PM2.5 State Implementation Plan (SIP)
As part of its pollution reduction planning for the PM2.5 State Implementation Plan (SIP), DAQ proposed and Air Quality Board adopted rules to reduce emissions from mobile and area sources. Because the chemical reactions forming the majority of fine particulate pollution are complex and the emissions come from a wide variety of sources, finding solutions to the problem of high PM2.5 levels in Utah’s airsheds has proven complicated. It will take a concerted effort on the part of the public and small business to find ways to collectively reduce these emissions. A combination of small, individual reductions will be needed to achieve the large-scale reductions necessary to address Utah’s PM2.5 challenge.
Rulemaking to Reduce VOC Emissions in Utah
- Personal care products
- Household products
- Auto aftermarket products
- Consumer use coatings
Lower VOCs in these products would provide a reduction of approximately 4,000 tons per year for the counties in nonattainment for PM2.5. When preparing the rule, the DAQ consulted and collaborated with national stakeholders who would be affected. These stakeholders included:
- The Consumer Product Specialty Association (CSPA), the trade association for companies that engage in the manufacture, formulation, distribution and sale of familiar consumer products. Their membership accounts for 75 percent of the products manufactured that would be regulated by this rule,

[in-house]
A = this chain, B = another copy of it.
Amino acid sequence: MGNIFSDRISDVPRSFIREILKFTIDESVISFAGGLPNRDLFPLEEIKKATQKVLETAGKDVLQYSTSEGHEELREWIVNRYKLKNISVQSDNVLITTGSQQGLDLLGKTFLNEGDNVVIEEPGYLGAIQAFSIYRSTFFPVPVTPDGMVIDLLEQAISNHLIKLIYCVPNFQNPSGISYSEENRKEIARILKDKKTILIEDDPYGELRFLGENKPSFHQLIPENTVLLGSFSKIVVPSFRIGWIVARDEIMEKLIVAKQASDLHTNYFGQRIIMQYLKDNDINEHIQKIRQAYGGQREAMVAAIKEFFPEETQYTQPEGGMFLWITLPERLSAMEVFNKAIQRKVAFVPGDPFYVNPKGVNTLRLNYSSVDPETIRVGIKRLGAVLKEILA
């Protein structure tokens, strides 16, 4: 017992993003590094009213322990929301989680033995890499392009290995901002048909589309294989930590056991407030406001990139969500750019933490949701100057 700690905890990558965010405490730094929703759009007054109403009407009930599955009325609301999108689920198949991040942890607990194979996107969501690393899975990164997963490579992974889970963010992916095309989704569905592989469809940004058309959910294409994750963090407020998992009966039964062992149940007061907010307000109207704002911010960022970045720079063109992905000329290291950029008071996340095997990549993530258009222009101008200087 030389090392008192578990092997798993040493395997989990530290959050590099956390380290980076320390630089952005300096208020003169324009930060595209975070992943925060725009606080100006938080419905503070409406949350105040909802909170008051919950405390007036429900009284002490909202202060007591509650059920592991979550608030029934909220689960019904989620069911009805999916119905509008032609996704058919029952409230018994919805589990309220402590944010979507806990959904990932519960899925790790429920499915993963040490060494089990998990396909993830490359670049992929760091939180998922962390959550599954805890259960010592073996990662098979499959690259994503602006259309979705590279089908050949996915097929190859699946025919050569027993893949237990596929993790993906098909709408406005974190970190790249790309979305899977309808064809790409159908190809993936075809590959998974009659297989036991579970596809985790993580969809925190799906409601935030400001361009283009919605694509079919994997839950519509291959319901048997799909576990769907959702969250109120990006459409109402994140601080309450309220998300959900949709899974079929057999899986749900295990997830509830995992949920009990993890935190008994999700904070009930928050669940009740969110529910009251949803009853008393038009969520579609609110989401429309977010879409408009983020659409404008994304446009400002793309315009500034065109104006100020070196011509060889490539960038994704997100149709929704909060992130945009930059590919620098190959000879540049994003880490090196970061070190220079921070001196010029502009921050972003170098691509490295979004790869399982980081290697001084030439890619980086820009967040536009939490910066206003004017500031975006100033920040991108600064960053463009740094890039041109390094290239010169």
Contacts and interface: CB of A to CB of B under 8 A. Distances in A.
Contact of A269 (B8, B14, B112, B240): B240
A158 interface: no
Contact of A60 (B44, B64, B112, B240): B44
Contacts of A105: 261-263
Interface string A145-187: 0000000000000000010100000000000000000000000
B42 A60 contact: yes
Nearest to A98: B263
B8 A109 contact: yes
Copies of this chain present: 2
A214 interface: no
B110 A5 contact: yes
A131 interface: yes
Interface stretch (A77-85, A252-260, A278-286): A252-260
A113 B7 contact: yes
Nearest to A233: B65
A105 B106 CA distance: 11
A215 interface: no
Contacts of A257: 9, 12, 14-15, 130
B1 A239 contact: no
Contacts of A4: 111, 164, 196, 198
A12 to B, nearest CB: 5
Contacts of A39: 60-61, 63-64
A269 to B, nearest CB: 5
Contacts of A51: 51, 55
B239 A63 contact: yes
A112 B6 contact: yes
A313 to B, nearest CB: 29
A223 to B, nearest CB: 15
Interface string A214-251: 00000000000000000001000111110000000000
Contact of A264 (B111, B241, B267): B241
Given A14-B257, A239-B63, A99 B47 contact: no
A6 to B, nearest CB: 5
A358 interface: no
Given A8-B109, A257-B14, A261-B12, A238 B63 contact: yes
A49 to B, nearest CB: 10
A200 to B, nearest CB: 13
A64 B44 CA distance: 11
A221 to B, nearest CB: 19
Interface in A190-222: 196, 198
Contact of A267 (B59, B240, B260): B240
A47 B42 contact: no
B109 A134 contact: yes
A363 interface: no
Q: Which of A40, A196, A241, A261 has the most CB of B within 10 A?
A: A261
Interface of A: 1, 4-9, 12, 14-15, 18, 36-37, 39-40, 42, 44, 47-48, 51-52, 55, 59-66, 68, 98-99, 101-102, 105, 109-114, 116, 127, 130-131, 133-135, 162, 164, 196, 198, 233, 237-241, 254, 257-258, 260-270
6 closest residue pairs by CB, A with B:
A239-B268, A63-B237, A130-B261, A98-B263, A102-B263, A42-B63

- The Personal Care Products Council (PCPC), the leading national trade association for the cosmetic and personal care products industry
- The American Coatings Association, Inc. (ACA), representing manufacturers of paints and coatings.
Generally speaking, the CSPA, PCPC, and ACA support the OTC model rule because it offers regulatory uniformity that allows manufacturers to produce formulations that can be distributed nationally. The rules would not ban products. Products currently on the shelves and in warehouses could still be sold. Products subject to the rules will be required to clearly display the product manufacture date no later than a year before the rules are in effect for that particular product to be sold. Once the rules go into effect, manufacturers and suppliers would be required to provide only low-VOC product formulations for sale and distribution in nonattainment counties.
More information can be found through the Utah Department of Environmental Quality Factsheet about Consumer Products and PM2.5.